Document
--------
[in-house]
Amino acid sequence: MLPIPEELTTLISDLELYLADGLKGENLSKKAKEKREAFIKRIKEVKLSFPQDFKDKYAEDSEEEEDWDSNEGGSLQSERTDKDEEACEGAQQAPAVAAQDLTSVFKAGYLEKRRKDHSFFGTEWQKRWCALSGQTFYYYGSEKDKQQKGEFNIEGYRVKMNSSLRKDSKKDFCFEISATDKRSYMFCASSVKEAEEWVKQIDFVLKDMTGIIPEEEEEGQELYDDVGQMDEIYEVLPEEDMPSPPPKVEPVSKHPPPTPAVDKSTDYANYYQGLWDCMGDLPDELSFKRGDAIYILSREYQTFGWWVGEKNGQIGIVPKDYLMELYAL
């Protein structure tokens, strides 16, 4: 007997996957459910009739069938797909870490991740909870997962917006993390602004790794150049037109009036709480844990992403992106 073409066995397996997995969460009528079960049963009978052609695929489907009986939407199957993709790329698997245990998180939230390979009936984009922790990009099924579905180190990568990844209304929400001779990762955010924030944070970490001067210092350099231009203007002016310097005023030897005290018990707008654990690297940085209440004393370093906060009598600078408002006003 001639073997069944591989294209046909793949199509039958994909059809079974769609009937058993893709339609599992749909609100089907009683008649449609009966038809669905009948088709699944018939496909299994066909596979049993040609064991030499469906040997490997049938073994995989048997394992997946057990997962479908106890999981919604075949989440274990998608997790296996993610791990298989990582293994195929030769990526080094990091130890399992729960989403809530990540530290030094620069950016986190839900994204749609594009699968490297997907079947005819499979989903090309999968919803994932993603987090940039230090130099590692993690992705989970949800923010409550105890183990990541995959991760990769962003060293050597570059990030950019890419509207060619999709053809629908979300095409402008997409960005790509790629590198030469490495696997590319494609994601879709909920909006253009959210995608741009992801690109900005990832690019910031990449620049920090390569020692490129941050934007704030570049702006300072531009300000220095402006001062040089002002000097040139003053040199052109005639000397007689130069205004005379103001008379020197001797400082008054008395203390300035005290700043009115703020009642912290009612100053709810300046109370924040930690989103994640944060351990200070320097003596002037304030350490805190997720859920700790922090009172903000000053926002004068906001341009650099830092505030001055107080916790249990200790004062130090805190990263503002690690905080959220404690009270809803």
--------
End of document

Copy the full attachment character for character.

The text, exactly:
[in-house]
Amino acid sequence: MLPIPEELTTLISDLELYLADGLKGENLSKKAKEKREAFIKRIKEVKLSFPQDFKDKYAEDSEEEEDWDSNEGGSLQSERTDKDEEACEGAQQAPAVAAQDLTSVFKAGYLEKRRKDHSFFGTEWQKRWCALSGQTFYYYGSEKDKQQKGEFNIEGYRVKMNSSLRKDSKKDFCFEISATDKRSYMFCASSVKEAEEWVKQIDFVLKDMTGIIPEEEEEGQELYDDVGQMDEIYEVLPEEDMPSPPPKVEPVSKHPPPTPAVDKSTDYANYYQGLWDCMGDLPDELSFKRGDAIYILSREYQTFGWWVGEKNGQIGIVPKDYLMELYAL
């Protein structure tokens, strides 16, 4: 007997996957459910009739069938797909870490991740909870997962917006993390602004790794150049037109009036709480844990992403992106 073409066995397996997995969460009528079960049963009978052609695929489907009986939407199957993709790329698997245990998180939230390979009936984009922790990009099924579905180190990568990844209304929400001779990762955010924030944070970490001067210092350099231009203007002016310097005023030897005290018990707008654990690297940085209440004393370093906060009598600078408002006003 001639073997069944591989294209046909793949199509039958994909059809079974769609009937058993893709339609599992749909609100089907009683008649449609009966038809669905009948088709699944018939496909299994066909596979049993040609064991030499469906040997490997049938073994995989048997394992997946057990997962479908106890999981919604075949989440274990998608997790296996993610791990298989990582293994195929030769990526080094990091130890399992729960989403809530990540530290030094620069950016986190839900994204749609594009699968490297997907079947005819499979989903090309999968919803994932993603987090940039230090130099590692993690992705989970949800923010409550105890183990990541995959991760990769962003060293050597570059990030950019890419509207060619999709053809629908979300095409402008997409960005790509790629590198030469490495696997590319494609994601879709909920909006253009959210995608741009992801690109900005990832690019910031990449620049920090390569020692490129941050934007704030570049702006300072531009300000220095402006001062040089002002000097040139003053040199052109005639000397007689130069205004005379103001008379020197001797400082008054008395203390300035005290700043009115703020009642912290009612100053709810300046109370924040930690989103994640944060351990200070320097003596002037304030350490805190997720859920700790922090009172903000000053926002004068906001341009650099830092505030001055107080916790249990200790004062130090805190990263503002690690905080959220404690009270809803």